From Chicago Tribune:
“If it seemed as though some scenes of CNN’s documentary series “Chicagoland” were coordinated by Mayor Rahm Emanuel’s City Hall and the show’s producers, that’s because they were.
More than 700 emails reviewed by the Tribune reveal that the production team worked hand in hand with the mayor’s advisers to develop storylines, arrange specific camera shots and review news releases officially announcing the show.(…)
City Hall’s frequent correspondence with the producers illustrates how senior aides to a mayor known for shaping his media image managed how their boss would be portrayed on CNN to a prime time national audience. (…)
“Everything the mayor does is stage-managed. Everything. That is the way he operates, so I’m not going to dispute that,” Levin said in an interview when asked about his emails that requested specific scenes featuring the mayor. “I would be the first to acknowledge that you don’t get into Chicago … and get access without having to do a certain dance.
“I’m not saying these people had editorial control. They didn’t,” Levin said of the mayor’s office. “But at the same time, yes, we were sensitive that we were moving through this city and getting access to a lot of places because we had developed a dialogue with the mayor.” (…)
Another Jasculca daughter, Lauren Foley, emailed Cooper, the mayor’s press secretary, to ask her to send “the list of story/interview ideas that you and your team were going to put together” for the “Chicagoland” producers.
“I’ll be in touch in the upcoming days to further discuss characters and story lines that we suggest,” Cooper wrote a few days later to the producers. “We look forward to working with you!”
Emails show nine senior Emanuel staffers exchanged emails on the series early on, with one to Cooper including an attachment labeled “DocuSeries Characters.”
The mayor’s office redacted those messages and hundreds more sent between administration officials, citing an exemption in Illinois’ open records law for preliminary correspondence among city employees in which opinions are expressed or policies are formulated. The mayor’s office did not respond to questions about its decision to redact the emails.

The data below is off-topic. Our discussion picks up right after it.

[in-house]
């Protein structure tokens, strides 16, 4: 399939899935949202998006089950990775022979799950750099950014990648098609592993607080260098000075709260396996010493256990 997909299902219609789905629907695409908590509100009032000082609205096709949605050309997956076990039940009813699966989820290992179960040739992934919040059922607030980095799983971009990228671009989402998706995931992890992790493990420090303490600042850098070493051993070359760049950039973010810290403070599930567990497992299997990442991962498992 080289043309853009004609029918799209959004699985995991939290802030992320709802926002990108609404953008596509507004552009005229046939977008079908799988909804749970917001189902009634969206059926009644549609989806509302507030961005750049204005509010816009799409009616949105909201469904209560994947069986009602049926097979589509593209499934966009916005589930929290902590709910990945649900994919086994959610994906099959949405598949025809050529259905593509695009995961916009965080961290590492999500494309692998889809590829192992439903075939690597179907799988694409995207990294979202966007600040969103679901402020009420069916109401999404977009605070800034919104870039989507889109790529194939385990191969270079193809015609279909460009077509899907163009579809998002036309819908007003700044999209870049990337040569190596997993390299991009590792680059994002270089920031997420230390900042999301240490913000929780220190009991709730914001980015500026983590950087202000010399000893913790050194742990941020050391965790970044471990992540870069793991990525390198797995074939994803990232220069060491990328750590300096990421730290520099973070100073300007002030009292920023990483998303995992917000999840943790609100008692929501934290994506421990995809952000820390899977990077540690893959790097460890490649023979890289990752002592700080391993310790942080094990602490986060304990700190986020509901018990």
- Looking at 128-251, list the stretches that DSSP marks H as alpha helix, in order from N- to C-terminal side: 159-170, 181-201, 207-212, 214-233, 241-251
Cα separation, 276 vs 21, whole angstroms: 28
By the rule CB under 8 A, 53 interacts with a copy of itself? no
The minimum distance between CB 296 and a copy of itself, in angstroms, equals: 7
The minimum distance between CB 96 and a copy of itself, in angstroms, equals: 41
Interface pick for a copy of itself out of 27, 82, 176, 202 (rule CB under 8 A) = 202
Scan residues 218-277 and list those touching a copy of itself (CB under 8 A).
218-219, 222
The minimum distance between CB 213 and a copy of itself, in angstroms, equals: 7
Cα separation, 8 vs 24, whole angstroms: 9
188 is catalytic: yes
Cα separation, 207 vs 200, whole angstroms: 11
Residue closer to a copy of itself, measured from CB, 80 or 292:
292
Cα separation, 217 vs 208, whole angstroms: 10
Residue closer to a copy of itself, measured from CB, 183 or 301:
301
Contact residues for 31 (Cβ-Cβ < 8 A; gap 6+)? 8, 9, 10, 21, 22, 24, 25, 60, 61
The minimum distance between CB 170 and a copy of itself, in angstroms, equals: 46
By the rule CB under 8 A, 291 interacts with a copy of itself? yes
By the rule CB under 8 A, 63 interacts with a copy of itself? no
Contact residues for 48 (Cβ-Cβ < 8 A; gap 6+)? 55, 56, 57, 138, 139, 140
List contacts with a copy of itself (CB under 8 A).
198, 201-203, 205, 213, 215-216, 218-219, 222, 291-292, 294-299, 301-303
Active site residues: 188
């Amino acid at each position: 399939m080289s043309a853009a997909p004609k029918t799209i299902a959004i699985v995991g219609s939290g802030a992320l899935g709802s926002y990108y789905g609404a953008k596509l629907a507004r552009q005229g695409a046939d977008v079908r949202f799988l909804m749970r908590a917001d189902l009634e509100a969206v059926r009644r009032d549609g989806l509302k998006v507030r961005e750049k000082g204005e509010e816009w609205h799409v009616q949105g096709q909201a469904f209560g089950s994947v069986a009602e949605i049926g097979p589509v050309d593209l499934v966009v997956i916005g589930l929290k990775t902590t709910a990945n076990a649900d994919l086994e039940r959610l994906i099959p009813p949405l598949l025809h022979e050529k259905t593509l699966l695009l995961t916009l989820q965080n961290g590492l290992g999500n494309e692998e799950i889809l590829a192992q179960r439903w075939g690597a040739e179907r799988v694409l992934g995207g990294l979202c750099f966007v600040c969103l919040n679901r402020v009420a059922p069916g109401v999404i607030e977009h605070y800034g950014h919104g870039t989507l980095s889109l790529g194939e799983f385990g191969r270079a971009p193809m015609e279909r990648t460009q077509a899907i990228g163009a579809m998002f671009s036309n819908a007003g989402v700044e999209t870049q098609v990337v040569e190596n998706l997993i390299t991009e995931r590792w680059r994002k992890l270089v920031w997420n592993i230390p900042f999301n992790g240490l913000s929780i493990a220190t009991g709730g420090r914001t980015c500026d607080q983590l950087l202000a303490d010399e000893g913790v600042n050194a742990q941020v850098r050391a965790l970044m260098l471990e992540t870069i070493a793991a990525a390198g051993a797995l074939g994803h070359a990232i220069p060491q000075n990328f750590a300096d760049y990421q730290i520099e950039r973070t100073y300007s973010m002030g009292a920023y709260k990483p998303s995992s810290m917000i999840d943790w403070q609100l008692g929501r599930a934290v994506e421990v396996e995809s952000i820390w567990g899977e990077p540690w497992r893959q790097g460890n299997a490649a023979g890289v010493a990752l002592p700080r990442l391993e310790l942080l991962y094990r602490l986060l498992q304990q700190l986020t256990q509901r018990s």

On July 1, Levin emailed Spielfogel, the mayor’s senior adviser, and Cooper telling them that for the series to reach its full potential, “we need to go to the next level with the Mayor.”
“Right now, we’re not doing justice to the Mayor’s real bold leadership style, ambitions and policies,” Levin wrote. “I know we still have time to round out the Mayor’s story and present him as the star that he really is.”
Levin said he was trying to get the administration to give him more time with the mayor, and he hoped to capture Emanuel’s well-known fiery side. Block, the documentary film expert, said such persuasion tactics are common among producers. (…)
Some emails that were provided show City Hall worked closely enough with CNN that drafts of the network’s news releases about “Chicagoland” were shared ahead of time. When the network prepared to announce the series in the spring of 2013, Jasculca Terman’s Foley twice forwarded copies of CNN news releases to Emanuel’s office.
“This version is considered final for CNN. Thoughts?” Foley wrote to Emanuel press aides, to which Cooper responded, “Thanks! I’ll have edits for you shortly!” Foley wrote back, “Perfect! Thank you!”
Foley initially said the email exchange was reflective of CNN’s desire to have a good working relationship with the mayor’s office, but later said the city was not allowed to edit CNN’s announcement. Cooper and the mayor’s office declined to answer questions about the email exchange. On Friday, a CNN spokeswoman issued a statement: “The mayor’s office was never granted editorial control over the content or the press communications for Chicagoland, and no agency was ever granted authority to offer the mayor’s office editorial approval for the content or the promotional materials for the series.” “